Deals have been reached between Gov. Andrew Cuomo and legislative leaders on siting new casinos and creating tax free zones at college campuses. But a bill on abortion rights was struggling, and reform measures appear dead for the session.
The agreement on casinos would allow four resort-style gambling centers; one in the Capital Region, one in the Southern Tier, and possibly two in the Catskills, if voters approve the change to the state’s constitution in the fall.
Nassau and Suffolk counties would be allowed to open more slot machines, under the terms of the bill.
Cuomo’s tax-free zones at SUNY campuses have been rebranded as "start-up zones," and expanded beyond upstate public college campuses to allow at least one City University of New York (CUNY) campus to also participate, as long as it is located in an economically distressed area.
Businesses who have locations there would pay no taxes of any kind for a decade. Even employees would be exempt from income taxes for a ten year period. The governor believes it can revitalize struggling economies.
“I believe it’s the boldest economic development program for upstate New York ever. Period,” Cuomo declared.
Not everyone is on board with the proposals. Ron Deutsch is with New Yorkers for Fiscal Fairness, a progressive group backed by unions, and he says that giving away subsidies to businesses in the past hasn’t worked. He cites the state’s over $800 million investment in IBM as an example. The company has recently announced mass lay offs. And he says similar programs in the past known as Empire Zones were equally ineffective.
“Despite the name change, it’s a rehash of old Pataki-era economic development programs,” said Deutsch. “Time after time, year after year, we see that these programs just don’t work.”
Deutsch says the money would be better spent improving infrastructure to aid businesses, and on education, to provide a skilled trained work force.
While the governor achieved two items on this agenda, another significant issue has been left off altogether. Cuomo’s reform package that includes anti-corruption measures and public campaign financing did not succeed, despite a wave of scandals that have hit the legislature in recent months.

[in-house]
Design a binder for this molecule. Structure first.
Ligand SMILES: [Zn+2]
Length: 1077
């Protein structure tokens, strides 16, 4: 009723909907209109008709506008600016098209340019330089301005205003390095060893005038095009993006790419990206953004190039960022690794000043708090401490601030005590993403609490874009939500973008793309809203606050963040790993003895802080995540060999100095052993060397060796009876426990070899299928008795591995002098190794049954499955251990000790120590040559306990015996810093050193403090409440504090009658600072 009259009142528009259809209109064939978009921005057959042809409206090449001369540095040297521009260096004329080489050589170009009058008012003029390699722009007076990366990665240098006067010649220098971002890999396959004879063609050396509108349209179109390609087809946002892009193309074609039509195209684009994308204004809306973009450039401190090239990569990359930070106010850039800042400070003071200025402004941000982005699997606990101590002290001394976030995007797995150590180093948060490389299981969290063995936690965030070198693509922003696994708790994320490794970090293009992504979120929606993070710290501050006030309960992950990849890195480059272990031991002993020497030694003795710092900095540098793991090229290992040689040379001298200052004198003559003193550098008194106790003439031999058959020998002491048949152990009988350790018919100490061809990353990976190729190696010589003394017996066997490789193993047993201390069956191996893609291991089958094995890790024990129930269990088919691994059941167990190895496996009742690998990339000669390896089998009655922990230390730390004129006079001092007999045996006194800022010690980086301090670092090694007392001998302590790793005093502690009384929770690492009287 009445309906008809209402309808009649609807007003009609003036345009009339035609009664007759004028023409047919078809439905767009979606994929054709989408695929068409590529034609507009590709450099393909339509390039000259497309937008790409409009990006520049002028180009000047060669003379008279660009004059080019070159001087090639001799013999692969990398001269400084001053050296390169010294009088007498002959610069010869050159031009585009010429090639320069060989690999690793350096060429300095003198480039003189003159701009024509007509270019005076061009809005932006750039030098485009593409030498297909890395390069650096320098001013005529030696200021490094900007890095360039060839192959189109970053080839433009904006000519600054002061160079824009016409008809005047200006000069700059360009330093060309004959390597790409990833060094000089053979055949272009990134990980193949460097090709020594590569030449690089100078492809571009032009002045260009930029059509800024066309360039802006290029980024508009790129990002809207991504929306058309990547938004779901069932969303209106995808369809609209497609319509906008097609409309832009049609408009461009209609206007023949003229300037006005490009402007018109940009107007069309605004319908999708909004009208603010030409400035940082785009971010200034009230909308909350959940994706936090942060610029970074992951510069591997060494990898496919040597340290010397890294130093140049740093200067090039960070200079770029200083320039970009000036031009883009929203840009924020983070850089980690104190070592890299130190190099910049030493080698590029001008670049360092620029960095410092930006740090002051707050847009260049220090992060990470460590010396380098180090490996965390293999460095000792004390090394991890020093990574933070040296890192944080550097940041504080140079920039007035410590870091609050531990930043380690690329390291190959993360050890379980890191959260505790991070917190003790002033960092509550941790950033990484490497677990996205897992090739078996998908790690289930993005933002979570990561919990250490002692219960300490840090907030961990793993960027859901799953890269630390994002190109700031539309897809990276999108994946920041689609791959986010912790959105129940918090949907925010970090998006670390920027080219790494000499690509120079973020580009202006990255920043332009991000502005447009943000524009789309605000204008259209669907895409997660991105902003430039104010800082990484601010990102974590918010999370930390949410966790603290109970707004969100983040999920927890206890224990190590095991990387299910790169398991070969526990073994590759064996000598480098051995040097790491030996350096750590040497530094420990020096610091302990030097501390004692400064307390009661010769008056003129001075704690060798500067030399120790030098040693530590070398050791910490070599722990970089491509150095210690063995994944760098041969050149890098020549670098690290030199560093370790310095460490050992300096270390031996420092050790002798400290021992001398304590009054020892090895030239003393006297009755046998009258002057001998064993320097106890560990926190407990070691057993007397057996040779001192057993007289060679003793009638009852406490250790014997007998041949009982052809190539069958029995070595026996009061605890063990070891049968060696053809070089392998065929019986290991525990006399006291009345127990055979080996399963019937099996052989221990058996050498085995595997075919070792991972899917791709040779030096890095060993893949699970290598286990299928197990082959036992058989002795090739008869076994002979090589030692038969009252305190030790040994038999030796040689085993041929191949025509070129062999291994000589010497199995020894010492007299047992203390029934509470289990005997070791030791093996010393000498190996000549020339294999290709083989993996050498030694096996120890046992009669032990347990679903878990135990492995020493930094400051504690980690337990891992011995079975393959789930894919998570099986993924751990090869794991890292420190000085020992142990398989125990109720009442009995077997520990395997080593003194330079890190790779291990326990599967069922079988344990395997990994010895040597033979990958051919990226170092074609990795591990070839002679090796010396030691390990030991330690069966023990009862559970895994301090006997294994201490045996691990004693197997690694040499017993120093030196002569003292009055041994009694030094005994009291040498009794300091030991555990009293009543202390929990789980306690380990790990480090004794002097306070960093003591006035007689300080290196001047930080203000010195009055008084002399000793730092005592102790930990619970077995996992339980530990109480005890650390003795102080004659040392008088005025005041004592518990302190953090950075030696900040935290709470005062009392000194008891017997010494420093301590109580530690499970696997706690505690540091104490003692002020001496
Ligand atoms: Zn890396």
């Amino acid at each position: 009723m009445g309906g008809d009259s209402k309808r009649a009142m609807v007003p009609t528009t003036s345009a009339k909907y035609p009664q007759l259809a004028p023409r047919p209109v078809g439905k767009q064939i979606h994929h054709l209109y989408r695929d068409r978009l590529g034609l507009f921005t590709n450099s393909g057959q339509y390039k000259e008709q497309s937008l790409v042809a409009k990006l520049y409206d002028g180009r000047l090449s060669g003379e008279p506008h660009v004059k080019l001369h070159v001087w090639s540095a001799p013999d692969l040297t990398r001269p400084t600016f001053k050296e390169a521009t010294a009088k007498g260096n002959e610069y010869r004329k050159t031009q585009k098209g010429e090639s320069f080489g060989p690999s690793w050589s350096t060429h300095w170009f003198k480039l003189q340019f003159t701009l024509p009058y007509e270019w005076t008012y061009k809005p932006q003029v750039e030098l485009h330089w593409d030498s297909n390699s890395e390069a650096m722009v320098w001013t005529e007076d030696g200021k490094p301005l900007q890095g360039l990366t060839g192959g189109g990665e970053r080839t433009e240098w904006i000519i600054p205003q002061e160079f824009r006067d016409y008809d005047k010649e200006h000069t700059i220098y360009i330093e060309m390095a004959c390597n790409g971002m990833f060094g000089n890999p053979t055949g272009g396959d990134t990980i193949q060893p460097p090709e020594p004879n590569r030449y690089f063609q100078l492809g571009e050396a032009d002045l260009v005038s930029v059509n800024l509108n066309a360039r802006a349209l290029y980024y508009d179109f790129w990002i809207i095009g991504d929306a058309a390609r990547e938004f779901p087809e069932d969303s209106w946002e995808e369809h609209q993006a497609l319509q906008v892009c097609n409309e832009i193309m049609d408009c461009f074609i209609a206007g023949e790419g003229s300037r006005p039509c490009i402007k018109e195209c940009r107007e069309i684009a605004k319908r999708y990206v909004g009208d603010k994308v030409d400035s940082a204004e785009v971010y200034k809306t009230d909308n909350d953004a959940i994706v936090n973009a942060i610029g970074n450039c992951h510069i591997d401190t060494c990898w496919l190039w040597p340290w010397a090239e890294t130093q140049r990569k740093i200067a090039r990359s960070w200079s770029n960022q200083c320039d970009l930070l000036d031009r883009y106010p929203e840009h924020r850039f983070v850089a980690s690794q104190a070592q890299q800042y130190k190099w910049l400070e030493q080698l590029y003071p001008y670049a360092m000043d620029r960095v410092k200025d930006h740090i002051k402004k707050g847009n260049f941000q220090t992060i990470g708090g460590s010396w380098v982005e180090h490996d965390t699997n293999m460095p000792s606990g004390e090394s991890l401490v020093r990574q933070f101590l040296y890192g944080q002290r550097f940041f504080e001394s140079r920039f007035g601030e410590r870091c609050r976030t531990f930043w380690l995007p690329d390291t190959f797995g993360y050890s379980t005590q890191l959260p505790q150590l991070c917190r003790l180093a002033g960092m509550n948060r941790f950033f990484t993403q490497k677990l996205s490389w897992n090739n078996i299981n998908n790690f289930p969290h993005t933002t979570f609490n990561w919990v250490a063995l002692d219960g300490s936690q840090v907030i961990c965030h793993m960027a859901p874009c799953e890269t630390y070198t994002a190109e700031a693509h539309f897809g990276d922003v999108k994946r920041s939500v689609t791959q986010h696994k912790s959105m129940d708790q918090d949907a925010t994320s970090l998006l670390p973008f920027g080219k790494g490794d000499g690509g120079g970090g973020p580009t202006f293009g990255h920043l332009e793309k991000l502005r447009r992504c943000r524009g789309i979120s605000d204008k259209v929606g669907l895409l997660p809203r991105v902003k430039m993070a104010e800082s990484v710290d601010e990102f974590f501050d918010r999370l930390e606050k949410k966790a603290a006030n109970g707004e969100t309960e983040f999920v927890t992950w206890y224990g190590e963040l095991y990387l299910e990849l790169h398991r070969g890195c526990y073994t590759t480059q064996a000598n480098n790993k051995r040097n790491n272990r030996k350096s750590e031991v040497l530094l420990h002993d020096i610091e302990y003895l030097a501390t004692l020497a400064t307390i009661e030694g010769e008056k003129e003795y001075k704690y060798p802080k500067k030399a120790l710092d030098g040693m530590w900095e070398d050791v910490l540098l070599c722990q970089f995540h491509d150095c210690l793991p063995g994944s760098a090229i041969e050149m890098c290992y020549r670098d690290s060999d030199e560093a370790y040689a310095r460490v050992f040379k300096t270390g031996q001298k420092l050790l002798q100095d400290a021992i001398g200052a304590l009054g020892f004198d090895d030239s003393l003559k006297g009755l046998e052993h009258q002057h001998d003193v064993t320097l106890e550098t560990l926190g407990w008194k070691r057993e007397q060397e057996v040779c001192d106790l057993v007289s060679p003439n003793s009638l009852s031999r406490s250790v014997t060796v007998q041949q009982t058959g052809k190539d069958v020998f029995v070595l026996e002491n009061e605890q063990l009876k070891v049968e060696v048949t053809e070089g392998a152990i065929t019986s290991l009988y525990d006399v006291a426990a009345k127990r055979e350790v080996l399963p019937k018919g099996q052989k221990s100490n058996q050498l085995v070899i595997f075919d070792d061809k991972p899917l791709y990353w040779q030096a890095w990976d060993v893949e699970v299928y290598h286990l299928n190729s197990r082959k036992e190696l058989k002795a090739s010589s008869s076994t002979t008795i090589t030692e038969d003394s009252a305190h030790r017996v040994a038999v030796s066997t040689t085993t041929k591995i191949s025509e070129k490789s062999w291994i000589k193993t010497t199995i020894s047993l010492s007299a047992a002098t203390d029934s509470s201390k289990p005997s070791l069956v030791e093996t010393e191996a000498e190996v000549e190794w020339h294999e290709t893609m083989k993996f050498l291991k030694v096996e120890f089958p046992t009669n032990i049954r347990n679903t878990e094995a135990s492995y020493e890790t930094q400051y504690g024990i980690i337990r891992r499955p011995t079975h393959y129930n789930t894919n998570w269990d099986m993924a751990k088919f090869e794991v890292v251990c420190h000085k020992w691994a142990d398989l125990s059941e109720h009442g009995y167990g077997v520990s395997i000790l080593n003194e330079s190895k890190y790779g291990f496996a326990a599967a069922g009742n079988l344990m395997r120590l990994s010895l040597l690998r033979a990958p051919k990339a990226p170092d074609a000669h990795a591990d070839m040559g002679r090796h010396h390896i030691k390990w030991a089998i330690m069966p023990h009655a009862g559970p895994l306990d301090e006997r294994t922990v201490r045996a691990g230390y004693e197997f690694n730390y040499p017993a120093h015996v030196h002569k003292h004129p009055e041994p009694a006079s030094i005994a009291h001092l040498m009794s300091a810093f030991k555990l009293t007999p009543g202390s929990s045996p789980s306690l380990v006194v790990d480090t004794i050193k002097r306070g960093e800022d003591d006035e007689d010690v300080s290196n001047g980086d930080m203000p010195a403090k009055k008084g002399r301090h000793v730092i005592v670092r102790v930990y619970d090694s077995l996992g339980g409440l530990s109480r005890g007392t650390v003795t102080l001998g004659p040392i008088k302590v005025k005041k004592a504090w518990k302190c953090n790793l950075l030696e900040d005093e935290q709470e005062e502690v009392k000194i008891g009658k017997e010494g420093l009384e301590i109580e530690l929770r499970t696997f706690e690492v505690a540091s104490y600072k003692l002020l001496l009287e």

Cuomo puts part of the blame on himself, saying he was unwilling to compromise on his proposals. He says he’s decided to launch an investigation of the legislature’s campaign filings at the State Board of Elections instead.
And the future of a bill to codify into state law the abortion rights spelled out in the federal Roe v. Wade decision was in doubt. Cuomo agreed to separate the provision out from a 10 point women’s equality act, in order to make it easier for a vote in the Senate, where Republicans oppose it.
The abortion rights provision is sponsored by Sen. Diane Savino, a member of the break away Democratic faction that rules the Senate along with the Republicans.
Tracey Brooks, with Family Planning Advocates, says Senate GOP Leader Dean Skelos said two years ago that as leader, he would allow so called “votes of conscience” on social matters that might be controversial among his Republican members.
“We are holding him to that,” said Brooks. “We are asking the senator to allow his conference to vote their conscience.”
Cuomo says he respects senators views, whether they are pro-choice or pro-life, but he says they owe it to the public and their constituents to hold an up or down vote.
“A non-vote is a no vote,” Cuomo said. “If you are not willing to stand up and vote for a pro-choice amendment, then you are not pro-choice.”
A spokeswoman for Senate GOP Leader Dean Skelos says, however, that Republicans have not changed their minds about preventing the abortion rights bill from coming to the floor. Republicans have said previously that they believe it expands abortion rights, something supporters deny.
“We expect to pass nine of the 10 elements of the Governor's women's equality agenda, however, we continue to oppose bringing the abortion provision to the floor,” said spokeswoman Kelly Cummings, in a statement.
Voting is expected to conclude on Friday.